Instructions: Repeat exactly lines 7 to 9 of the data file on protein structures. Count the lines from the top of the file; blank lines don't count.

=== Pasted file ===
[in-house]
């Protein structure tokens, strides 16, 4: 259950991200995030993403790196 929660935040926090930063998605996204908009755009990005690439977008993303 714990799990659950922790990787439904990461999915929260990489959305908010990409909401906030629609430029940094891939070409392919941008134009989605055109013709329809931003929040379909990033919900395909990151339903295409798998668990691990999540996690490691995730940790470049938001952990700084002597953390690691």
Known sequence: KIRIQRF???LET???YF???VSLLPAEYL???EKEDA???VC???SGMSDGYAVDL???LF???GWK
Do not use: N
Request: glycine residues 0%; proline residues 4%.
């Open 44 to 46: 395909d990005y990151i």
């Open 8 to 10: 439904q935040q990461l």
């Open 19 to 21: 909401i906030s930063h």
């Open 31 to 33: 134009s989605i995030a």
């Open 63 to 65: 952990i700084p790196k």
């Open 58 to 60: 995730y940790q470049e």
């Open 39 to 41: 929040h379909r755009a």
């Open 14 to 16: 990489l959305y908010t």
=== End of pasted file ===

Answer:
């Open 8 to 10: 439904q935040q990461l």
């Open 19 to 21: 909401i906030s930063h």
């Open 31 to 33: 134009s989605i995030a």